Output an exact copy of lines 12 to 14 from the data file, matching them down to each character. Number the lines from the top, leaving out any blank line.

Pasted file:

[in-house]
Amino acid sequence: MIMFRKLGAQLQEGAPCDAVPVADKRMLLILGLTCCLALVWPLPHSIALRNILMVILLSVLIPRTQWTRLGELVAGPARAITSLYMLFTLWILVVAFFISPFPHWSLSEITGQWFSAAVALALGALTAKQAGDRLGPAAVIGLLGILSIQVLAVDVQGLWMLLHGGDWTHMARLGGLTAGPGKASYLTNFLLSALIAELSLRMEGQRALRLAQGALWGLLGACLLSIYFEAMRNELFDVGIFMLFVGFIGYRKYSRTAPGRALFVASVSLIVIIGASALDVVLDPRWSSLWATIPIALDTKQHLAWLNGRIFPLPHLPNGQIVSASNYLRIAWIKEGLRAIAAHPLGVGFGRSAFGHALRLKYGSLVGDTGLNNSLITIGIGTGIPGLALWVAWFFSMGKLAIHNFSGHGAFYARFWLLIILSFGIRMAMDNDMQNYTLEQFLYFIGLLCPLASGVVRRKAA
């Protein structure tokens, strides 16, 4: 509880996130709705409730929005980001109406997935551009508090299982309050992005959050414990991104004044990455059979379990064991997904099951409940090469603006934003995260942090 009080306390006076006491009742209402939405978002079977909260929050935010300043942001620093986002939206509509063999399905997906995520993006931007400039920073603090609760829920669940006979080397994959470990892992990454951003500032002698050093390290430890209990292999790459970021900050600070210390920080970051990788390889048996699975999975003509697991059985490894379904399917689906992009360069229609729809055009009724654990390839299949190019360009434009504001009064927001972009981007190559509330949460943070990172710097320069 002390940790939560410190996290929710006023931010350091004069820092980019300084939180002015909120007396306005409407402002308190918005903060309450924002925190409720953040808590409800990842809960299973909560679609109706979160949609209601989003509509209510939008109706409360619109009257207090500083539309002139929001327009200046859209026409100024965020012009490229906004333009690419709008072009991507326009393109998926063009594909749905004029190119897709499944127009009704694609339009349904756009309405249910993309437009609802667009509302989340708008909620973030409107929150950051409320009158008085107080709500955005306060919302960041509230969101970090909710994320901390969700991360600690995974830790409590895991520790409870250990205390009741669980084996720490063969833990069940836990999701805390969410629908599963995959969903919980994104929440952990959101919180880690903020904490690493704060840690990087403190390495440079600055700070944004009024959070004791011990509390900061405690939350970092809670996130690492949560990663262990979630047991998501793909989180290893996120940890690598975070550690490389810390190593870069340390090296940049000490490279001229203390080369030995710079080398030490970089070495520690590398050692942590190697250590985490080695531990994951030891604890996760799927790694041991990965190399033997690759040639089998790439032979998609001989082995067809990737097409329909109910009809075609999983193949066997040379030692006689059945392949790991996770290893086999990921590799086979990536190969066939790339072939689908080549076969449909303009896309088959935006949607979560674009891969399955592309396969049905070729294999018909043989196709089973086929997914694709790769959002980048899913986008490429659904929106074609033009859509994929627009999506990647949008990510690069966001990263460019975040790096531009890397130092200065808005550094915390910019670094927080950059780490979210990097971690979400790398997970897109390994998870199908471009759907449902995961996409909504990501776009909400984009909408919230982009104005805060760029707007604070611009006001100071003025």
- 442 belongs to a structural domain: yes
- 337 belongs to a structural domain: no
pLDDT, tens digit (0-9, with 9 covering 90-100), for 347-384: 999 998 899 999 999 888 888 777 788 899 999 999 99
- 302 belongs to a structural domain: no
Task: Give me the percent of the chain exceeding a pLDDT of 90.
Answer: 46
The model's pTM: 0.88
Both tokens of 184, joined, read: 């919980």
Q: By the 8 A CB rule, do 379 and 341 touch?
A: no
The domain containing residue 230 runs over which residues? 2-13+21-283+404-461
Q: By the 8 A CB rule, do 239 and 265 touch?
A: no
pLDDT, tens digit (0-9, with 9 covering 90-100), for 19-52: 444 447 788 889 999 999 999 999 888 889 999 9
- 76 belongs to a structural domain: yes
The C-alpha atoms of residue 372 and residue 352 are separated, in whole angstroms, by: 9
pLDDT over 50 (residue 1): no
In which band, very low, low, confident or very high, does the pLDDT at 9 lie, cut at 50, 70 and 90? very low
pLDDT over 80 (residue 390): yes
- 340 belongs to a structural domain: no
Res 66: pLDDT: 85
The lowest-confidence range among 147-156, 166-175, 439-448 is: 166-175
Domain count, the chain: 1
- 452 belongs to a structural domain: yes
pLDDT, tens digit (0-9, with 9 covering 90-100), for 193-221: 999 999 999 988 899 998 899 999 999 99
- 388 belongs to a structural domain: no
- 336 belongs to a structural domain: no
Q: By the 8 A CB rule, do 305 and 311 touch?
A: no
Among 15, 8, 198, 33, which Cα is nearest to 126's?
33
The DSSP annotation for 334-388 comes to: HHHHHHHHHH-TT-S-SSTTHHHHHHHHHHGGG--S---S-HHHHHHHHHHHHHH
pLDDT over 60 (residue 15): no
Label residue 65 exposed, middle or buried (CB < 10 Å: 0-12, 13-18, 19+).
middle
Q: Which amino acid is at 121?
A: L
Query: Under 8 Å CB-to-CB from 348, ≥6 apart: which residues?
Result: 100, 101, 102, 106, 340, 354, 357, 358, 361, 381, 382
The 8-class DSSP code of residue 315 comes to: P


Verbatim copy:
Q: By the 8 A CB rule, do 379 and 341 touch?
A: no
The domain containing residue 230 runs over which residues? 2-13+21-283+404-461